A.I.M.

A.I.M.

(pop culture)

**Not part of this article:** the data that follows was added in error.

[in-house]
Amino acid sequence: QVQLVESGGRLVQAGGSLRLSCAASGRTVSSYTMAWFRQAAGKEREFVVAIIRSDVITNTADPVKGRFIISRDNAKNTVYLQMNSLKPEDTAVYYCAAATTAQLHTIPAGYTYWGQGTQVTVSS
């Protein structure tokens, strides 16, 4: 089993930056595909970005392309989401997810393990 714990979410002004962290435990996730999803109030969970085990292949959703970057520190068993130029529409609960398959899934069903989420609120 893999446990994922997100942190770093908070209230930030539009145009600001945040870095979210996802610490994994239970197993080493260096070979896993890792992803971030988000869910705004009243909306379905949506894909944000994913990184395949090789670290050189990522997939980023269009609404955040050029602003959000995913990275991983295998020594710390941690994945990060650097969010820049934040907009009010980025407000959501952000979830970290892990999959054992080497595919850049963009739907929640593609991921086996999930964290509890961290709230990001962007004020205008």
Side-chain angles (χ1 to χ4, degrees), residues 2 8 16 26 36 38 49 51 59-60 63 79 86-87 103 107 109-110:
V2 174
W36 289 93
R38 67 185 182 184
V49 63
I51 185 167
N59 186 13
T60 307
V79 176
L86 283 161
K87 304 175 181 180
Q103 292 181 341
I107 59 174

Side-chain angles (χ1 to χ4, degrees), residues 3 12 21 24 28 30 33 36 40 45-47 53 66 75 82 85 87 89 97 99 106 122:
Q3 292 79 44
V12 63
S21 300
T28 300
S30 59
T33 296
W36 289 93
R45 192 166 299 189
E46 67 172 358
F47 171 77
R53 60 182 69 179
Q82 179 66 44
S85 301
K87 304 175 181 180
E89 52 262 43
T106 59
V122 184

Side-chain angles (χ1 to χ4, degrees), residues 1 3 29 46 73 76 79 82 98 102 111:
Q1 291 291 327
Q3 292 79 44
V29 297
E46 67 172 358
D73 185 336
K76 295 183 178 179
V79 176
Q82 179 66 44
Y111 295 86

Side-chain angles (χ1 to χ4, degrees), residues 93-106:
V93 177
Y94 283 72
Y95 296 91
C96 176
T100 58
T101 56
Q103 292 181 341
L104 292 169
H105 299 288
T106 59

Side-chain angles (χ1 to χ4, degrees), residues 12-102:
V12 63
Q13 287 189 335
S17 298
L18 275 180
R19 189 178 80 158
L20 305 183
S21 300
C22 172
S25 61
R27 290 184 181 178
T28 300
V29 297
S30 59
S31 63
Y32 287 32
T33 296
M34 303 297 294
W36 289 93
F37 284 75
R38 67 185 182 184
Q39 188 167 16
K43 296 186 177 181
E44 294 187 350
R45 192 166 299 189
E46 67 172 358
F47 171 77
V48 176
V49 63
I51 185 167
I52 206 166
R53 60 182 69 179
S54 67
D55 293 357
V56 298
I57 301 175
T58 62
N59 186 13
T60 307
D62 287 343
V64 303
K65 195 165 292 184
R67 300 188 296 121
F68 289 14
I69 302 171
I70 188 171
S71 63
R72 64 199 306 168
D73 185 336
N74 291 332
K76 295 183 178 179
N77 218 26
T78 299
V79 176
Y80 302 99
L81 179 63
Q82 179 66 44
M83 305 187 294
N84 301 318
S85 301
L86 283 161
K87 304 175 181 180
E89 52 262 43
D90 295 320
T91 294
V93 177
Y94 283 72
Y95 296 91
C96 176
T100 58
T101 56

Aspin-off of Marvel Comics' Hydra, Advanced Idea Mechanics (A.I.M.) is an organization whose mission is to foment global revolution via high-tech weaponry—while at the same time turning a tidy profit by selling that selfsame gadgetry to rogue nations and lawless individuals determined to wreak havoc around the world. A.I.M. is a coterie of technocratic anarchists—brilliant but amoral scientists and their hired henchmen—bent on overthrowing every government on Earth through super-technological means. Headquartered on the remote island of Boca Caliente, A.I.M. boasts a global network of some 1,500 operatives, strategically placed to create trouble for a list of adversaries that includes Captain America, S.H.I.E.L.D., Iron Man, Quasar, the first Ms. Marvel, and even the Incredible Hulk. Among A.I.M.'s membership requirements are a master's degree or Ph.D. in the sciences or business, along with a fervent belief in the ideology of global technocracy. During the debut appearance of A.I.M. in Strange Tales vol. 1 #146 (1966), writer Stan Lee and illustrators Jack Kirby and Don Heck gave the world its first glimpse of A.I.M.'s techno-villains, whose initial preoccupation is android-building and whose bucket-headed yellow uniforms evoke images of Chernobyl beekeepers. A.I.M.'s origins remained vague at first, but eventually stood revealed as stretching back to Nazi Germany, where the group's founder Baron Wolfgang von Strucker used the organization as the legitimate business front for Hydra, an umbrella organization that was forced underground at the end of World War II. Operating more or less in plain sight as an international technology merchant—developing everything from advanced lasers to space vehicles— A.I.M. kept its subversive goals concealed for decades as its scientists pushed the boundaries of numerous scientific disciplines, such as bioengineering, bionics, physics, and robotics. All the while, A.I.M. functioned as the covert research division of Hydra, its equally covert parent organization, and even managed to become an important contractor of the U.S. government. A.I.M.'s nefarious nature was finally exposed after its plot to disgrace S.H.I.E.L.D. director Nick Fury, thereby forcing him from his job, backfired. Being thoroughgoing fanatics, A.I.M.'s members generally prefer death to capture. The group's leader, known as the Scientist Supreme, transformed one such rank-and-file A.I.M. member into MODOK (Mental Organism Designed Only for Killing), a mutated creature with an atrophied body and a giant brain capable of various psionic feats, including telekinesis. MODOK soon killed the Scientist Supreme, taking his place, and established A.I.M.'s independence from the already-vanquished Hydra. A.I.M.'s other seminal superscientific creations include the Super-Adaptoid, an android capable of mimicking both the appearance and abilities of its costumed adversaries, and the Cosmic Cube, a “wishing” machine able to rewrite reality itself. During later years, A.I.M. splintered into multiple power blocs, a development that led to MODOK's eventual ouster from the group, with the assistance of an allied evil organization, the snakethemed Serpent Squad. The sundered A.I.M. factions eventually reconciled, with MODOK taken prisoner and conditioned to obey the wishes of A.I.M.'s board of directors. Following a major defeat at the hands of Iron Man and turncoat A.I.M. member Clytemnestra Erwin, A.I.M. employed MODOK more as a CEO than as an iron-fisted technoconqueror; realizing that supervillainous tactics can be all but fruitless in a twenty-first-century milieu in which corporate power has become the coin of the realm, MODOK has set A.I.M.'s sights on becoming the next Microsoft. While A.I.M. has by no means “gone legit,” its leaders now consult the Wall Street Journal as often as they crack their supervillain handbooks.